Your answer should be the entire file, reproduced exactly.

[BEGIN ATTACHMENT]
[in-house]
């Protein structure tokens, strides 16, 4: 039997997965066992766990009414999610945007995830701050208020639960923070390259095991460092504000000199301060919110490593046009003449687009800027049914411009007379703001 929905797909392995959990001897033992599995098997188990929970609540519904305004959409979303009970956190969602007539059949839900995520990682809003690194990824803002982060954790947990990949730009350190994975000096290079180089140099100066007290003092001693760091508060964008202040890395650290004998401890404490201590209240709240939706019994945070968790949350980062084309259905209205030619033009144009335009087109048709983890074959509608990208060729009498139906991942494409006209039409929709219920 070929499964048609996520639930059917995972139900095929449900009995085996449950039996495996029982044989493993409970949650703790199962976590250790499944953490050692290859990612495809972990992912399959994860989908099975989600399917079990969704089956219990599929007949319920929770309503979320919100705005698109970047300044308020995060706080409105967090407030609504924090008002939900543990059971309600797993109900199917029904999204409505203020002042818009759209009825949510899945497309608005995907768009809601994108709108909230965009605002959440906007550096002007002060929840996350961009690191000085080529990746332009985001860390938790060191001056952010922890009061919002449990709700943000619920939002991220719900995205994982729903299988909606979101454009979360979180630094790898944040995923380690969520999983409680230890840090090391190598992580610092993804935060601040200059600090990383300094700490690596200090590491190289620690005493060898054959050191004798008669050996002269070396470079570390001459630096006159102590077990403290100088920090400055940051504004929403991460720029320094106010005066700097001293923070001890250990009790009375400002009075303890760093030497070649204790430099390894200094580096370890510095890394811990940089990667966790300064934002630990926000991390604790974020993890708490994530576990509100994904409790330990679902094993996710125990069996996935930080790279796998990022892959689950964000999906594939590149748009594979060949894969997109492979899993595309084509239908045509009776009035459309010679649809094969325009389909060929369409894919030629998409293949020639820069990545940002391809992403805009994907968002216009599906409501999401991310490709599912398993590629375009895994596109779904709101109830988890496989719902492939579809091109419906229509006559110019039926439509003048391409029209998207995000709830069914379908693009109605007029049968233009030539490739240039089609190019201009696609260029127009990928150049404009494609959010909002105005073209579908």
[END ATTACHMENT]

[in-house]
């Protein structure tokens, strides 16, 4: 039997997965066992766990009414999610945007995830701050208020639960923070390259095991460092504000000199301060919110490593046009003449687009800027049914411009007379703001 929905797909392995959990001897033992599995098997188990929970609540519904305004959409979303009970956190969602007539059949839900995520990682809003690194990824803002982060954790947990990949730009350190994975000096290079180089140099100066007290003092001693760091508060964008202040890395650290004998401890404490201590209240709240939706019994945070968790949350980062084309259905209205030619033009144009335009087109048709983890074959509608990208060729009498139906991942494409006209039409929709219920 070929499964048609996520639930059917995972139900095929449900009995085996449950039996495996029982044989493993409970949650703790199962976590250790499944953490050692290859990612495809972990992912399959994860989908099975989600399917079990969704089956219990599929007949319920929770309503979320919100705005698109970047300044308020995060706080409105967090407030609504924090008002939900543990059971309600797993109900199917029904999204409505203020002042818009759209009825949510899945497309608005995907768009809601994108709108909230965009605002959440906007550096002007002060929840996350961009690191000085080529990746332009985001860390938790060191001056952010922890009061919002449990709700943000619920939002991220719900995205994982729903299988909606979101454009979360979180630094790898944040995923380690969520999983409680230890840090090391190598992580610092993804935060601040200059600090990383300094700490690596200090590491190289620690005493060898054959050191004798008669050996002269070396470079570390001459630096006159102590077990403290100088920090400055940051504004929403991460720029320094106010005066700097001293923070001890250990009790009375400002009075303890760093030497070649204790430099390894200094580096370890510095890394811990940089990667966790300064934002630990926000991390604790974020993890708490994530576990509100994904409790330990679902094993996710125990069996996935930080790279796998990022892959689950964000999906594939590149748009594979060949894969997109492979899993595309084509239908045509009776009035459309010679649809094969325009389909060929369409894919030629998409293949020639820069990545940002391809992403805009994907968002216009599906409501999401991310490709599912398993590629375009895994596109779904709101109830988890496989719902492939579809091109419906229509006559110019039926439509003048391409029209998207995000709830069914379908693009109605007029049968233009030539490739240039089609190019201009696609260029127009990928150049404009494609959010909002105005073209579908």